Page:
Tuesday, June 09, 2015


For your reading pleasure, here is a guest post from Mac about the Netflix original series, Sense8. I have heard a bit about it, but mostly I just sit around wondering how to pronounce the title. But after reading Mac's review, I don't think it's worth devoting any more brain power to this or any other question related to the show. --Maggie Cats

Sense8 is a Netflix Original directed by the Wachowskis (of The Matrix Trilogy fame). It's definitely the show for you if you like your social commentary like I like my pancakes... flat and chopped up into bite-sized pieces.

It's billed as a show about eight strangers forcibly connected mind to mind. None of this matters very much in the show. An honest billing would be, "this is a thin metaphor for the fact that life would be better if we were all in each other's heads."

The eight characters vacillate rapidly between three different states; the first is a nonchalance in the middle of what they assume to be incredibly vivid hallucinations of the lives of people around the planet. The second is panicking because they earlier experienced a hallucination. And the third is just kinda going about their business, completely ignoring the fact that they've been hallucinating on-and-off for days now.

The actual interaction between characters is incredibly minimal, and typically done more for a gag or a "hey isn't this a head trip" rather than anything which might advance what little story there is. We are flat-out told that there is some sort of shadowy organization that wants to chop up all of their brains, but that's most of what we know by now. Only one of the characters so far seems actually affected by this worldwide manhunt, even though another character should be on their radar. Seven of the eight have not the first idea what is happening to them; the last one has been told some stuff, but not very much, and how much he believes and understands is even less.

So in essence, it's eight different, pointless little stories being told all around the globe, filled with ham-fisted representations, like an entire police department that refers to one of their own number literally as a traitor for saving the life of a black kid. No joke, a black cop uses the actual word "traitor" to describe a patrol cop who found a wounded black teenager and brought him to a hospital.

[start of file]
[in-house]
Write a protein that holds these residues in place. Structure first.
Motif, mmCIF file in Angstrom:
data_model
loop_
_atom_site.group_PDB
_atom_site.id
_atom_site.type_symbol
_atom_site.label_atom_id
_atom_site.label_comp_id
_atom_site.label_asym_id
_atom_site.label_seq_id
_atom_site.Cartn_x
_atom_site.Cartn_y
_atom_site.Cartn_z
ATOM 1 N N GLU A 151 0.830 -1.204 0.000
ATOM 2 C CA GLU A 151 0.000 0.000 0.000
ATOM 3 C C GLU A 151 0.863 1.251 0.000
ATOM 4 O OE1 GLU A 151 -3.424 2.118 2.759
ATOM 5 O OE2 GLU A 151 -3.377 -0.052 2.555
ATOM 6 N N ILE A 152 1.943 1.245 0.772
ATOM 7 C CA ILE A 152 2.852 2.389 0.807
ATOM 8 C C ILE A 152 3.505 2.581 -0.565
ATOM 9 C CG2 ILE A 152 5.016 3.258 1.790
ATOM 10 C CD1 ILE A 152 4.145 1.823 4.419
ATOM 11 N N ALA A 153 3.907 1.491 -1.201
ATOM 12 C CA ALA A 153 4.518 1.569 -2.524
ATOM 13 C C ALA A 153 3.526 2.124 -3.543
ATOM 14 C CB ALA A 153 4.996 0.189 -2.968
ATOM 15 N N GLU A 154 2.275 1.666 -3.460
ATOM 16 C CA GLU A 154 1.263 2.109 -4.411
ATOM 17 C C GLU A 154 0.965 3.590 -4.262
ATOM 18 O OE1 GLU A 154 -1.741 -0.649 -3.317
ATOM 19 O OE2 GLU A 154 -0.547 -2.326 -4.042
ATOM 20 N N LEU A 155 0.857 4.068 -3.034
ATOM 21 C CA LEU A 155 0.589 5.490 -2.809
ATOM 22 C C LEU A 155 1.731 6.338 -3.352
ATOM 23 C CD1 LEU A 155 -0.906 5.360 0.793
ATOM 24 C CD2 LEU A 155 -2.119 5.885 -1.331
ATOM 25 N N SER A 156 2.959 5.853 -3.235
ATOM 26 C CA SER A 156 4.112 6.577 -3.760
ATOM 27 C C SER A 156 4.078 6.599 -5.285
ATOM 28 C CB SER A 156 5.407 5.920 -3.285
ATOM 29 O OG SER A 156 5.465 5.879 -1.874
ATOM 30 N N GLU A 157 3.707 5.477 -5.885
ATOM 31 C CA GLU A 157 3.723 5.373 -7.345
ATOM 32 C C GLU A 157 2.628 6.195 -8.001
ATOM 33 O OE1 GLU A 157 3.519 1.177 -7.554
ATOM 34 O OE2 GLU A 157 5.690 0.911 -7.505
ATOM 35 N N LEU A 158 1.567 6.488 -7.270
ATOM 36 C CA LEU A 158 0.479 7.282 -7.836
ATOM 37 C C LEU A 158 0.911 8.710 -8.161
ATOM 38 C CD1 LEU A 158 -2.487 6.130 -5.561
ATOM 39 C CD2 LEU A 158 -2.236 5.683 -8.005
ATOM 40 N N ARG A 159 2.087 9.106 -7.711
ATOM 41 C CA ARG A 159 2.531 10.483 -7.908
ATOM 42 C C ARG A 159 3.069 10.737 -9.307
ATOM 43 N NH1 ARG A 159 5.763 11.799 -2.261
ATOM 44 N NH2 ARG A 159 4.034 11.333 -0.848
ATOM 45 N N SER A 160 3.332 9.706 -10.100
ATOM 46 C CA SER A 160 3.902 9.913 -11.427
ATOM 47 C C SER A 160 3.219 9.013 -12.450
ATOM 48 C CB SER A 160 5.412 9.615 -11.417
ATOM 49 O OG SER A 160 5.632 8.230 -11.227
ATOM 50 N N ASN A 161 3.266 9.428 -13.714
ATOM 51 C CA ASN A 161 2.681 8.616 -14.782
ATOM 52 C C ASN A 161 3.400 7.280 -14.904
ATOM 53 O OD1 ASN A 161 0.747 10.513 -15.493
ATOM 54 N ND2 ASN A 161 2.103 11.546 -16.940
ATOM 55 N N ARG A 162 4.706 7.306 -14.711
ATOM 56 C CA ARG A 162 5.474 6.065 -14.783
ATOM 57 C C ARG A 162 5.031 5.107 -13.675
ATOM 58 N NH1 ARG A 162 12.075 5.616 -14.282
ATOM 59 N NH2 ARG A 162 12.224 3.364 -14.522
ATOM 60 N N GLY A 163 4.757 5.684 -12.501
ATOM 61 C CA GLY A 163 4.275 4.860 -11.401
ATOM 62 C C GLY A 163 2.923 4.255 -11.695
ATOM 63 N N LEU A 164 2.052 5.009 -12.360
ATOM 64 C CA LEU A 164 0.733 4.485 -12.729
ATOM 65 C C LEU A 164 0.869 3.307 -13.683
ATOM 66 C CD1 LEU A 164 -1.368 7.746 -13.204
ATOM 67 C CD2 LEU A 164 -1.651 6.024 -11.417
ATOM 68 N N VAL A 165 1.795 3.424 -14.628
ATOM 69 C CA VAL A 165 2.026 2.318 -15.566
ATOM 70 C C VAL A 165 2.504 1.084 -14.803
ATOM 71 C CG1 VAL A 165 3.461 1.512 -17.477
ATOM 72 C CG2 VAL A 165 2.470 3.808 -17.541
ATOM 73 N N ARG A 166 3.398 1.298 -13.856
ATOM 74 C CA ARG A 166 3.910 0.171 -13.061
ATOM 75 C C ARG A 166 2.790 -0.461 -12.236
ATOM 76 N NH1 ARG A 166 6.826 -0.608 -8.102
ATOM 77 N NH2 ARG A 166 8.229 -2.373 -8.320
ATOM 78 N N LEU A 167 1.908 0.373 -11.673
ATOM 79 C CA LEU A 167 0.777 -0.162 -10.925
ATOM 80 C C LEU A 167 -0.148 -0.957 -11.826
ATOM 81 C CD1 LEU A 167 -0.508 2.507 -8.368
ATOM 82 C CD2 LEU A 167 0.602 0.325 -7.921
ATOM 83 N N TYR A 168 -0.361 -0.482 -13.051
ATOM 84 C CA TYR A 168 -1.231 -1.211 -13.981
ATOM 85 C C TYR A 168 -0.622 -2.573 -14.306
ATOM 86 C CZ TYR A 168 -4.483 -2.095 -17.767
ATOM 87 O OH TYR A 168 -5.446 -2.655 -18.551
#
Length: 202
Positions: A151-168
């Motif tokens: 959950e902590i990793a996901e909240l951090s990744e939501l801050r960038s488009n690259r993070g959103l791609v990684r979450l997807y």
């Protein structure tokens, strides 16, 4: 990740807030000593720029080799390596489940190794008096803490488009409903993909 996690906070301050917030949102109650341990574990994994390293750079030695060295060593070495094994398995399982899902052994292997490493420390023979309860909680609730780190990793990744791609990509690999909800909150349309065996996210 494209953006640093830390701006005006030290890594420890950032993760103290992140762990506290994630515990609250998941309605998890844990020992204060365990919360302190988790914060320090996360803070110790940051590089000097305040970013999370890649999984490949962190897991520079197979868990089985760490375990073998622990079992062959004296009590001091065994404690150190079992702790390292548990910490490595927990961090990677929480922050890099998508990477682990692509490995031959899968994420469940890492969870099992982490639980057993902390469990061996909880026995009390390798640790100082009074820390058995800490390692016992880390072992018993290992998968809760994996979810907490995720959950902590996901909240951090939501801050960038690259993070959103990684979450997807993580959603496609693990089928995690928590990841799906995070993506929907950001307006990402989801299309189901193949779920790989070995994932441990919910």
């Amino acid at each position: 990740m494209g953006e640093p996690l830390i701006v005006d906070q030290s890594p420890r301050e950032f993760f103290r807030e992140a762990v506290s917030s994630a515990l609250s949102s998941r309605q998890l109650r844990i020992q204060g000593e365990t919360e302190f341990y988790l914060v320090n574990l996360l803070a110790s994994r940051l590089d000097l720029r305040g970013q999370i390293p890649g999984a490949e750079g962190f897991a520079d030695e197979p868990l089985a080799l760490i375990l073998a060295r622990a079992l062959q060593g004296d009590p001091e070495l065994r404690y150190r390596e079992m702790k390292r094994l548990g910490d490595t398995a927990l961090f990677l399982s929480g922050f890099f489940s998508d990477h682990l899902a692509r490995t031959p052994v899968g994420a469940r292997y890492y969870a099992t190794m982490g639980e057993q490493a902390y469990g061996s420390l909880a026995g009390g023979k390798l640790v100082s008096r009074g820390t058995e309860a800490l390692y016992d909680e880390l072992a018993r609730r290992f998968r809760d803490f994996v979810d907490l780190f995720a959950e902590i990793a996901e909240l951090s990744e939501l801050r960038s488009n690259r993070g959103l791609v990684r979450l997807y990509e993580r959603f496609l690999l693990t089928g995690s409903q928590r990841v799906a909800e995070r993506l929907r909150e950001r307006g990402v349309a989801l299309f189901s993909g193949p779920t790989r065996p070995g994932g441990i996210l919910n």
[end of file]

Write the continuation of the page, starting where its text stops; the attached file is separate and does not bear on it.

In their defense, the show IS set in Chicago.
With eight almost entirely unrelated stories to get through, very few of which have any impact on the tie-the-show-together story, no one story actually progresses very far during any particular episode. I have so far slogged through five episodes, and near as I can tell two whole days have passed on this planet. Beyond which, even inside each story, plot progresses at Dragon Ball Z pace. One young man lives in Nairobi. At one point he is walked at gunpoint from his own van to someone else's. No dialogue is spoken. No important clues are revealed in the background. Nothing happens but four men walking in a line. It takes five of his own scenes, cross-cut amongst scenes of the other seven main characters, for him to travel from van to van, so basically that's half an episode.
 His walking is over nine thousand.
I'm not myself a fan of letting shows play in the background while I do other things, but the literal only way I can recommend this show is if you simply need white noise to fill your home. I guess if you occasionally get calls from Rachel Maddow accusing you of being too liberal, you're prolly the target audience for their flagrantly masturbatory progressive propaganda, but I myself am left of center and I think they went way too far with their world of "everyone who disagrees with me is evil." 
I hesitate to say something is bad just because I don't like it, and I try to be tolerant of people who just want to sit there having their own beliefs reinforced. However, as far as I'm concerned there's a line, like the difference between Renaissance art and pornography, and you cross that line once you start demonizing your enemies. Saying "every gay person is wonderful" is a little flat, but technically not objectionable. Saying "literally every cop wants all black people dead" is too far.

And the Asian chick is a martial arts master. Because of course she is.

1 comment:

Ken said...

I can certainly empathize with wanting to support a show that caters the LGBT lifestyle choice but am unsure about whether a show that so blatantly expressed Christophobia via hate speech should go without criticism of its lack of tolerance in not celebrating diversity.